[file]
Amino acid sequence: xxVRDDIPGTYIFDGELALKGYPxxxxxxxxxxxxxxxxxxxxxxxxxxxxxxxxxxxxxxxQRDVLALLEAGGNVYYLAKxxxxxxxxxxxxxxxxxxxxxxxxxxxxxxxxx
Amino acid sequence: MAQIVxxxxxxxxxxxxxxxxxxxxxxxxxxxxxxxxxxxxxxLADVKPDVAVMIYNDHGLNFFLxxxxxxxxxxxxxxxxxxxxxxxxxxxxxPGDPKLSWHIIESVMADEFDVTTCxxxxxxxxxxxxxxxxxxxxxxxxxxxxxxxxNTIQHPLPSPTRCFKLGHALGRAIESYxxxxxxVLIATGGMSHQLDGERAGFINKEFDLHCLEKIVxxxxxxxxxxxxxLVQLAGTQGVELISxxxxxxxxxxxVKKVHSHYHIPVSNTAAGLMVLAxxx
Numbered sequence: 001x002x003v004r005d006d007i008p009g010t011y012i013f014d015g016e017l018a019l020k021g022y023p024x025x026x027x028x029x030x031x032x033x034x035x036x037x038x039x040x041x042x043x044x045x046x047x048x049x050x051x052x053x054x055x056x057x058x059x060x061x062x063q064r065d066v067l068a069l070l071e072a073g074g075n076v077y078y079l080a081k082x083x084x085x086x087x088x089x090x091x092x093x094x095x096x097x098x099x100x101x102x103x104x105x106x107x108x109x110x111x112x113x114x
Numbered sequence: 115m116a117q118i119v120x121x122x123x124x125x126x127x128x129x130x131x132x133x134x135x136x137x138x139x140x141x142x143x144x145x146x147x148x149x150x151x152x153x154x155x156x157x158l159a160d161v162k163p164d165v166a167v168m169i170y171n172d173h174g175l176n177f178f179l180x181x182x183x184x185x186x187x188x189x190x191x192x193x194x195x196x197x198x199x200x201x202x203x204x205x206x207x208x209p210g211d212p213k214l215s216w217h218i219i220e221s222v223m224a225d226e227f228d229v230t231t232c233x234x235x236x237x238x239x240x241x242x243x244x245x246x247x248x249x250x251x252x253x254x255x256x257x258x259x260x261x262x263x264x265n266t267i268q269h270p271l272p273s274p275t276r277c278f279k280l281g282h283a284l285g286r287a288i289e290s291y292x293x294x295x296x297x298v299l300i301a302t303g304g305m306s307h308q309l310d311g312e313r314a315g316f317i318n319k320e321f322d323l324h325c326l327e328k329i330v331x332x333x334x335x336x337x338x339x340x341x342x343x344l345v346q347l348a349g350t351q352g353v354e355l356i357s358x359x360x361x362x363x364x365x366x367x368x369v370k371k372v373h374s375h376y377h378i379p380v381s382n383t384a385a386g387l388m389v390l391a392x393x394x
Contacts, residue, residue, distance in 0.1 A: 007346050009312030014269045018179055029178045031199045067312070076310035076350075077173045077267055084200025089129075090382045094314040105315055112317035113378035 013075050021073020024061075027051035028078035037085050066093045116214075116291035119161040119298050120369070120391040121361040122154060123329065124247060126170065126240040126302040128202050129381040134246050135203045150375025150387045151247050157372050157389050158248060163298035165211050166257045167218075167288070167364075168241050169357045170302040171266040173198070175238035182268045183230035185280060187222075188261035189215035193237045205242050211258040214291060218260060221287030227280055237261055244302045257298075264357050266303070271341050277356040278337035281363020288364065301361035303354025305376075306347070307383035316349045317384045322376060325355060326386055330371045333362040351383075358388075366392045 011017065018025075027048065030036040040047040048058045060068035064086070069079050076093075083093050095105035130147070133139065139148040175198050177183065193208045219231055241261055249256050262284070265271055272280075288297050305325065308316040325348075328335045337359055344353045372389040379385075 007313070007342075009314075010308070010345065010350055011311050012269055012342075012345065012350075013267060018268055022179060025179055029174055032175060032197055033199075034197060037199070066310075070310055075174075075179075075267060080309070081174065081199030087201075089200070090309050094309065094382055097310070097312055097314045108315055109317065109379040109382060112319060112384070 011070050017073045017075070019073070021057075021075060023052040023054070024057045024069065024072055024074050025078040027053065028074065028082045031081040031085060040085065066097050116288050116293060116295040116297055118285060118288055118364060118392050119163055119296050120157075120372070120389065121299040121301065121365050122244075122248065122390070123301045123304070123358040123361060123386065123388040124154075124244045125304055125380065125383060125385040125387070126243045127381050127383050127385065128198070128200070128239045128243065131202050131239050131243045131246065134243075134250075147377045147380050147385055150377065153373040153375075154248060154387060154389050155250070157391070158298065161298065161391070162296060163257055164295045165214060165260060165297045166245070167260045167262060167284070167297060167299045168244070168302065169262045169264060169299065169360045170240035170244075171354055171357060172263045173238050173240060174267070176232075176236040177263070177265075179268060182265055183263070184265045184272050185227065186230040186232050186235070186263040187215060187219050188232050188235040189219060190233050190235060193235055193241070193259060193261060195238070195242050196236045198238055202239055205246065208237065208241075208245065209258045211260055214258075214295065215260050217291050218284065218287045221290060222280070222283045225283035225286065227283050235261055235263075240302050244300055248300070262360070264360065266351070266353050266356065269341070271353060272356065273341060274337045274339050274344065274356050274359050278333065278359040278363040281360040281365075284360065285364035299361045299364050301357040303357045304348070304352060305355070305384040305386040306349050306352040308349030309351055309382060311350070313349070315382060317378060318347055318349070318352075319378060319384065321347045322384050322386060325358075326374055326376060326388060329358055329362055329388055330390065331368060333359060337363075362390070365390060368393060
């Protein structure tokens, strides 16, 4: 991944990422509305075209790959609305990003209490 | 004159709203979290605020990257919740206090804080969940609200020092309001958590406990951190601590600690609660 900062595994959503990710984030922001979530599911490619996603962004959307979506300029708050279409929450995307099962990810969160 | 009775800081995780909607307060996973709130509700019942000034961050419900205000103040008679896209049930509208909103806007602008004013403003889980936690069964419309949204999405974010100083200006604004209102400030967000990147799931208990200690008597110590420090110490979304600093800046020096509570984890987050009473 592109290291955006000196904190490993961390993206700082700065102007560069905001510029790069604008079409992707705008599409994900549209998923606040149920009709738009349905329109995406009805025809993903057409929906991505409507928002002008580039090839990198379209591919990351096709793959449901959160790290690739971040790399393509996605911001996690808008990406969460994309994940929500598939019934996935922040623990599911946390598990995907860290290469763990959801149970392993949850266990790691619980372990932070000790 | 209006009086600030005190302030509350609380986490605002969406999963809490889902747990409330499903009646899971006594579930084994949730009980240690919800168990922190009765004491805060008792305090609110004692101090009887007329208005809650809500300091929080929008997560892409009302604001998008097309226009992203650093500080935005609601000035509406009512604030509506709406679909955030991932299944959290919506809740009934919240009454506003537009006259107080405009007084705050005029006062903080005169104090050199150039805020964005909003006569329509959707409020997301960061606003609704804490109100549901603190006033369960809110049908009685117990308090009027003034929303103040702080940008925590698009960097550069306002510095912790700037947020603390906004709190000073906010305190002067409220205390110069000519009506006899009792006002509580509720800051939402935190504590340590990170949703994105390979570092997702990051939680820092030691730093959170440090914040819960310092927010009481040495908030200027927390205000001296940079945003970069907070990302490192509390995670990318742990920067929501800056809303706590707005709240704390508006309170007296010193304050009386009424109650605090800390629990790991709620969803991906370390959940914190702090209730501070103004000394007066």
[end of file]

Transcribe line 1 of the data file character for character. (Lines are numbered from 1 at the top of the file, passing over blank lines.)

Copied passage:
Amino acid sequence: xxVRDDIPGTYIFDGELALKGYPxxxxxxxxxxxxxxxxxxxxxxxxxxxxxxxxxxxxxxxQRDVLALLEAGGNVYYLAKxxxxxxxxxxxxxxxxxxxxxxxxxxxxxxxxx